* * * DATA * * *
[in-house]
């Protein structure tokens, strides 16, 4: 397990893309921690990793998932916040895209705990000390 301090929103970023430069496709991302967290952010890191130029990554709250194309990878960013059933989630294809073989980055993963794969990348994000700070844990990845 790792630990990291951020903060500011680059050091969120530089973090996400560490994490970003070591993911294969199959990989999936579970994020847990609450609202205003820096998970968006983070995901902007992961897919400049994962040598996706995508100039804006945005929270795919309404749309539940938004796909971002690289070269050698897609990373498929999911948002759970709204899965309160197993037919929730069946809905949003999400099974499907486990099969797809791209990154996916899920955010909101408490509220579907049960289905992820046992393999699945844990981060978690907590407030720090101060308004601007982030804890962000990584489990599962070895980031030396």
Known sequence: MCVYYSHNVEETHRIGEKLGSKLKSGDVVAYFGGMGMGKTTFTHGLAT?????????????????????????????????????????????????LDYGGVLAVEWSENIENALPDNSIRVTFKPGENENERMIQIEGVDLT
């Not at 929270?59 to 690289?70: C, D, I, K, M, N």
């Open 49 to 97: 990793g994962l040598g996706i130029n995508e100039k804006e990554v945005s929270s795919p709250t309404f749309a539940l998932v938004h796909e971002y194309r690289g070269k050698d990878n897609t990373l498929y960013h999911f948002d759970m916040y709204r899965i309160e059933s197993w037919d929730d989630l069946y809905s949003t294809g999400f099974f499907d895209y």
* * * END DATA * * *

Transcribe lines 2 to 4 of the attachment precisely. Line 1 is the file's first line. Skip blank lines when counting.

């Protein structure tokens, strides 16, 4: 397990893309921690990793998932916040895209705990000390 301090929103970023430069496709991302967290952010890191130029990554709250194309990878960013059933989630294809073989980055993963794969990348994000700070844990990845 790792630990990291951020903060500011680059050091969120530089973090996400560490994490970003070591993911294969199959990989999936579970994020847990609450609202205003820096998970968006983070995901902007992961897919400049994962040598996706995508100039804006945005929270795919309404749309539940938004796909971002690289070269050698897609990373498929999911948002759970709204899965309160197993037919929730069946809905949003999400099974499907486990099969797809791209990154996916899920955010909101408490509220579907049960289905992820046992393999699945844990981060978690907590407030720090101060308004601007982030804890962000990584489990599962070895980031030396």
Known sequence: MCVYYSHNVEETHRIGEKLGSKLKSGDVVAYFGGMGMGKTTFTHGLAT?????????????????????????????????????????????????LDYGGVLAVEWSENIENALPDNSIRVTFKPGENENERMIQIEGVDLT
């Not at 929270?59 to 690289?70: C, D, I, K, M, N």